Nick Talbot
(Image credit: press)

Bike design

(Image credit: press)

How did you come to be a car designer?

I saw this concept car that looked unbelievably futuristic and exciting whilst looking through one of my father's car magazines at the age of six. That single moment brought being a car designer into focus. I sent messages to various car companies whilst at school in the Middle East to find out what the correct route was and they told me it was through the RCA. So I applied, having finished a four-year Masters in industrial design in Edinburgh.

Did your perception change of what car design is?

Yes it did in a sense that the technical and engineering aspects were very new to me. And I had no idea how big the car industry was! Even then there were satellite studies all around the world.

Nigel Chapman was course director when I entered the RCA. Then it was full of hardcore petrol heads, so much so that when I designed a powerboat it was considered unusual. However there is something to be said about concentrating on the craft of designing beautiful sculpture. In those days even if you weren’t so good they made you design well.

The course has changed a lot since, and in many ways this is good as diversity is indeed a positive thing. However, car design is about understanding volume and form. Despite this if you get someone good who has a natural feel for big sculpture and big volumes, and the confidence to design, then it doesn’t matter how the course is structured.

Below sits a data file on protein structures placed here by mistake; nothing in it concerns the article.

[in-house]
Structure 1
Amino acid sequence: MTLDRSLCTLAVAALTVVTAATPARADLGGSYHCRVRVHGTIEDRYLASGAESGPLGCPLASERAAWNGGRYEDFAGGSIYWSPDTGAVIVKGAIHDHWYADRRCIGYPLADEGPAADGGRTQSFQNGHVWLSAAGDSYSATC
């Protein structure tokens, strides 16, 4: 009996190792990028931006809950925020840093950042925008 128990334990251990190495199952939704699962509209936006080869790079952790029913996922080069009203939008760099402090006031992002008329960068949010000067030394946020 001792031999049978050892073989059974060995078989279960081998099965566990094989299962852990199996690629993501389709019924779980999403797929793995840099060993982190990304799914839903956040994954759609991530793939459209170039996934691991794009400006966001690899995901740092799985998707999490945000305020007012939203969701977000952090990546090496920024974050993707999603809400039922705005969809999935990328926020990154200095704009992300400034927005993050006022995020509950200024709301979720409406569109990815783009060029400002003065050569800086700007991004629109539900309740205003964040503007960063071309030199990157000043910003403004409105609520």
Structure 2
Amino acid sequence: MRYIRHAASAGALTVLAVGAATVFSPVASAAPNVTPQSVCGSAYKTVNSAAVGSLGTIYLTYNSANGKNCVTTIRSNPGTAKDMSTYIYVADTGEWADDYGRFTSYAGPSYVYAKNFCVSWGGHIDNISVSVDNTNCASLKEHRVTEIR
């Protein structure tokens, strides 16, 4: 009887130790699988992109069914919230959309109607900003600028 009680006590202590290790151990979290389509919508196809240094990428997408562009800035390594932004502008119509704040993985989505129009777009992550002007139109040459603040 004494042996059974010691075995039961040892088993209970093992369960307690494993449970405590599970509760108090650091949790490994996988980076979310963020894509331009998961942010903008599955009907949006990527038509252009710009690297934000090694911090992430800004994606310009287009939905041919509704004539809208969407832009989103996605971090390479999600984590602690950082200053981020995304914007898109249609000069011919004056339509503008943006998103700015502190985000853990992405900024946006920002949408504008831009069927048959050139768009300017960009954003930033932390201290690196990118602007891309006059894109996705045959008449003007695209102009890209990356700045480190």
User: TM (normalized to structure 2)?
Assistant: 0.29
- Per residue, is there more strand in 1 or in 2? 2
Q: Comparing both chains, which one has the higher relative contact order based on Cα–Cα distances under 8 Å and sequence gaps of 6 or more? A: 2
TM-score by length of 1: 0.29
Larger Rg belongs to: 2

What journey did you take after leaving the RCA?

We started our own consultancy Sensation Design with two others at the college designing trucks, sailing boats and engines. I then worked for Seymour Powell [link:] as a freelance for a number of years. I joined Ogle Design for two years, mainly as I wanted to get a permanent job for a little while. Then 12 years ago I rejoined Seymour Powell to work on a motorcycle design project, and I have been there ever since.

Now I design pretty much everything. We have worked on aerospace projects, designed helicopters, as well as collaborated with Toyota, Honda and BMW motorcycles. Our last project was a major rail exterior and interior design scheme.

What is your advice for young designers?

There are opportunities for young designers to do their own thing rather than assuming their path should be directly into a big corporation. Nowadays you’re not limited to working in, say, London or New York - you can work anywhere so explore your options. Our designers have to be enthusiastic and very flexible as they could be designing shampoo bottles one day and a car the next.

Jonathan Bell has written for Wallpaper* magazine since 1999, covering everything from architecture and transport design to books, tech and graphic design. He is now the magazine’s Transport and Technology Editor. Jonathan has written and edited 15 books, including Concept Car Design, 21st Century House, and The New Modern House. He is also the host of Wallpaper’s first podcast.